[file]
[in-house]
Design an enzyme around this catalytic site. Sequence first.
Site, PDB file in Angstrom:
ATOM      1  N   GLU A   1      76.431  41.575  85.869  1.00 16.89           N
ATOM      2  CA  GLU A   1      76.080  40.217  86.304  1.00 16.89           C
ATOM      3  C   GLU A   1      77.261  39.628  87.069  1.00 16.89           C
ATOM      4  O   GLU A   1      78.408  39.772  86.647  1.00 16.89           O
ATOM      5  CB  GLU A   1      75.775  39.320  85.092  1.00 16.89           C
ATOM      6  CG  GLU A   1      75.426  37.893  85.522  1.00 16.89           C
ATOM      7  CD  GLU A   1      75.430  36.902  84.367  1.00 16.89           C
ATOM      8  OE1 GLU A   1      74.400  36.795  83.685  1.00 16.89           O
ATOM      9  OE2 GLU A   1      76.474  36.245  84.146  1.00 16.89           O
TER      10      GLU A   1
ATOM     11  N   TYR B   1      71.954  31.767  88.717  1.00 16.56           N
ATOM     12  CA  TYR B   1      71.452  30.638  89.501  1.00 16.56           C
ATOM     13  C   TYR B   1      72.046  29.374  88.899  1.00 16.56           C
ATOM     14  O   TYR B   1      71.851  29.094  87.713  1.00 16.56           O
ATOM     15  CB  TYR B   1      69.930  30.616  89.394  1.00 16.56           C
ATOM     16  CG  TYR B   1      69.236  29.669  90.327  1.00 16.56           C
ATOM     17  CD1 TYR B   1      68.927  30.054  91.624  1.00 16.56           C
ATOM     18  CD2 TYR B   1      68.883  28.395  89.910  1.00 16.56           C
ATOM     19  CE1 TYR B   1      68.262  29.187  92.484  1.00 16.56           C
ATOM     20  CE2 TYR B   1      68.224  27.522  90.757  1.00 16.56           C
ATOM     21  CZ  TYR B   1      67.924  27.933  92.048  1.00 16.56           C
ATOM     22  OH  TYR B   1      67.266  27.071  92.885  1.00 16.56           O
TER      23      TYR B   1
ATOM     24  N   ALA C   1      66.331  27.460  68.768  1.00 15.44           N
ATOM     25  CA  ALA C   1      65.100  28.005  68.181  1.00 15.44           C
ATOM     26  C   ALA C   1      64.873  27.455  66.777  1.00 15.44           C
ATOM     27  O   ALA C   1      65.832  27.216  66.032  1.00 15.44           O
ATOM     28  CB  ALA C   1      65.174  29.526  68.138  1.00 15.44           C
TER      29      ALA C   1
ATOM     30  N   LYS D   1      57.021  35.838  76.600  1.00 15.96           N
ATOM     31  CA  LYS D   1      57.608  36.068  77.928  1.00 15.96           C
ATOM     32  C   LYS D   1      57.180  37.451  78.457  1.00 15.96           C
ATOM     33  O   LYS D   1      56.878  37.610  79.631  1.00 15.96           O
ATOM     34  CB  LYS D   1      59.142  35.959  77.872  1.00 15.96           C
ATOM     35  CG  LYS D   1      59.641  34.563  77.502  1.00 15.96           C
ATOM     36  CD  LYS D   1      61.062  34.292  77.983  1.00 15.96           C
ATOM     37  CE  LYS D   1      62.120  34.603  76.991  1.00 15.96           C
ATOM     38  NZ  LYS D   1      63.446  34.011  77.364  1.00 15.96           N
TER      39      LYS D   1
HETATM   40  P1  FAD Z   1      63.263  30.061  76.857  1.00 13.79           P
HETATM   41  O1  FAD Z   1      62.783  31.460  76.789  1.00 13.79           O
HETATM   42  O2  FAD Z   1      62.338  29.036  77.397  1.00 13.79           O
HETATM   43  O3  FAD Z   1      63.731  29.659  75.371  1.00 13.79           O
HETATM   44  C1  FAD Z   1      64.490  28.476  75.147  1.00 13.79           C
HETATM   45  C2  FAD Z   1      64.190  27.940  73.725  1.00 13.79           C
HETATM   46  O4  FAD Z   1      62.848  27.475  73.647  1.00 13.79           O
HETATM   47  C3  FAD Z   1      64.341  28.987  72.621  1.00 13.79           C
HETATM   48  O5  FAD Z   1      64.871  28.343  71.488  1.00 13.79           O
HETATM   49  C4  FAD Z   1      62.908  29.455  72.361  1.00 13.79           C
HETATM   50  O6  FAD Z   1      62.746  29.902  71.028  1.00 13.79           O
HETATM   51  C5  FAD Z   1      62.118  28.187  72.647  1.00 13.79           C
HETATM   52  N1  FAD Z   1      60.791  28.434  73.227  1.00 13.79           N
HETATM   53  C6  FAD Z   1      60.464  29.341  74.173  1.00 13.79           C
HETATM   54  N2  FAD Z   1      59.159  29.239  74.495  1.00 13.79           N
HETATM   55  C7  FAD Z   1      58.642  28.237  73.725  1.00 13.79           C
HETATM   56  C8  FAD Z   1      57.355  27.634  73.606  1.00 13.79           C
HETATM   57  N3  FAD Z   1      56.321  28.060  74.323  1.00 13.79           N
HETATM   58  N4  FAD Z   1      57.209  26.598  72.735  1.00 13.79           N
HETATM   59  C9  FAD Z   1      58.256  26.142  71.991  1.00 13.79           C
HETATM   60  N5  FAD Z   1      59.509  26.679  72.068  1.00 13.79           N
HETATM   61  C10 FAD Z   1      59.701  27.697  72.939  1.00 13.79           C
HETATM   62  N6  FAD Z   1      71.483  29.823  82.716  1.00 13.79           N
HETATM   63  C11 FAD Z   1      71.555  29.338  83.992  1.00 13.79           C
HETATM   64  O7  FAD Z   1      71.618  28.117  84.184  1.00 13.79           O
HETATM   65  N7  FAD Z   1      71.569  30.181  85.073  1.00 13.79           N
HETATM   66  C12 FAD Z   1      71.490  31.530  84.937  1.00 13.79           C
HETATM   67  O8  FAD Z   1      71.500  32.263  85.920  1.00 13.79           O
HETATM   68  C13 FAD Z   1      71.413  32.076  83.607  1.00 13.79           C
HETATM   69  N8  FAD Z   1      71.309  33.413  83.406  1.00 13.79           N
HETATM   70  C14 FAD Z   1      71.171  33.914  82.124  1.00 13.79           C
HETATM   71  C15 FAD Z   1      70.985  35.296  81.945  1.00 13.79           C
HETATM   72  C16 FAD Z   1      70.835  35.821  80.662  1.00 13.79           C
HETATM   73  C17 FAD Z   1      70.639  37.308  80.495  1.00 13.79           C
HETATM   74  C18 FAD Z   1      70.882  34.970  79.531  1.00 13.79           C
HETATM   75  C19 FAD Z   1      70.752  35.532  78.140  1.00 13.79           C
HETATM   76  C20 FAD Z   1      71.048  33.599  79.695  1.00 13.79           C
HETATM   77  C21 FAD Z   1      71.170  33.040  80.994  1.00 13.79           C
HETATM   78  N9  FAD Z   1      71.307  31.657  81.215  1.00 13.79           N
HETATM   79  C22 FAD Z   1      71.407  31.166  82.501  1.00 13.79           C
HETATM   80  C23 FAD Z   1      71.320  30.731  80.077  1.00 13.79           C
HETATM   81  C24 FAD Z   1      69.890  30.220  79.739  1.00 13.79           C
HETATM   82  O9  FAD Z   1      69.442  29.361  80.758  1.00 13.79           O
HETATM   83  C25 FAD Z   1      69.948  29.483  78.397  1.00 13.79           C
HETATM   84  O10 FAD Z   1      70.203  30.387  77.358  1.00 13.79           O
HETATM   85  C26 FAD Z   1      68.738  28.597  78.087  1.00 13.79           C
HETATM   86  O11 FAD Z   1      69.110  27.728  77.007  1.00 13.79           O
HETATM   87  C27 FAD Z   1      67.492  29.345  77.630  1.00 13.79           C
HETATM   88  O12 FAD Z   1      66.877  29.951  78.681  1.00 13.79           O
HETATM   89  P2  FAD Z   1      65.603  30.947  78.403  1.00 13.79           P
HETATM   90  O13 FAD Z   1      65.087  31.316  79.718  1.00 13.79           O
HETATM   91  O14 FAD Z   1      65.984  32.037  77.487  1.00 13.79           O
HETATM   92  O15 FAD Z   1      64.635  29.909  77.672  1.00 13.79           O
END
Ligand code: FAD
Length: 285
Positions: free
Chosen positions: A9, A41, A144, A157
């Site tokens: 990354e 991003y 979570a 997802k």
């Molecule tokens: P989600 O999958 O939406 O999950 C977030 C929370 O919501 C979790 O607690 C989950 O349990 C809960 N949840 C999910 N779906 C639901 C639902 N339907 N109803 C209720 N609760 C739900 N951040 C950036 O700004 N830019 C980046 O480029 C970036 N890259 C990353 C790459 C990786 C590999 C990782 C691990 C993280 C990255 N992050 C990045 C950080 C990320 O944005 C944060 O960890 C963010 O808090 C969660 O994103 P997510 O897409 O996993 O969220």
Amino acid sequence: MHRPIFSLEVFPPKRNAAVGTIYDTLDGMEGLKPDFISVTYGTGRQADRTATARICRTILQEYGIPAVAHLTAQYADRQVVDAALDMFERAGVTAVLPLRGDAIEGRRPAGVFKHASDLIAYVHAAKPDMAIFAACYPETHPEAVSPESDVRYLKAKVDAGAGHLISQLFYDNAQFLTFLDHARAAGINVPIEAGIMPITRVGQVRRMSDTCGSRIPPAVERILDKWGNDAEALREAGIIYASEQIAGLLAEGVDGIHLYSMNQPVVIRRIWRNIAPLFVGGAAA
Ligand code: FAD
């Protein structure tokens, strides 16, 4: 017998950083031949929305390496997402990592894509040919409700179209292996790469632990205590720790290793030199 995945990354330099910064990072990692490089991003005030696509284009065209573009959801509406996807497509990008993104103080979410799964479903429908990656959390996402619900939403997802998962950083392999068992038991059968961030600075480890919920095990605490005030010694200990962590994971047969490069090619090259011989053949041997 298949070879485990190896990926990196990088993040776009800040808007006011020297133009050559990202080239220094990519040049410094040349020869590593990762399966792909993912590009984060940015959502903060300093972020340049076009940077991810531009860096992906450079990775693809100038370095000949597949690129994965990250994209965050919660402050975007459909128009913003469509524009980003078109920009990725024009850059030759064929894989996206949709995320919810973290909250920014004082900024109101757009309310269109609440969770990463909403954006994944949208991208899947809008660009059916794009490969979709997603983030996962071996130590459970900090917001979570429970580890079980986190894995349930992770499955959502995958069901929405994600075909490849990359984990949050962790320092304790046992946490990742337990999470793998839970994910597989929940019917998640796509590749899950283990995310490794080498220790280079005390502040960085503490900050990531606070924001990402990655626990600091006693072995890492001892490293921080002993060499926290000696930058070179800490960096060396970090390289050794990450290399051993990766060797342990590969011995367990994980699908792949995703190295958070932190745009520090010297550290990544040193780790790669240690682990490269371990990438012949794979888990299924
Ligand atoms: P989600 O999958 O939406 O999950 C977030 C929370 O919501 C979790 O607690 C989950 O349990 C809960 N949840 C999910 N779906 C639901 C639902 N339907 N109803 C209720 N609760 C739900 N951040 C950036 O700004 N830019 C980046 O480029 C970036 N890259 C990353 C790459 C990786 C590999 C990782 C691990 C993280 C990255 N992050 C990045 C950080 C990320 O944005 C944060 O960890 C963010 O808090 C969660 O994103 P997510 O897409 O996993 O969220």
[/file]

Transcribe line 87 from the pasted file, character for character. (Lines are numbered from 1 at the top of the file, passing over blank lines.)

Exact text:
HETATM   84  O10 FAD Z   1      70.203  30.387  77.358  1.00 13.79           O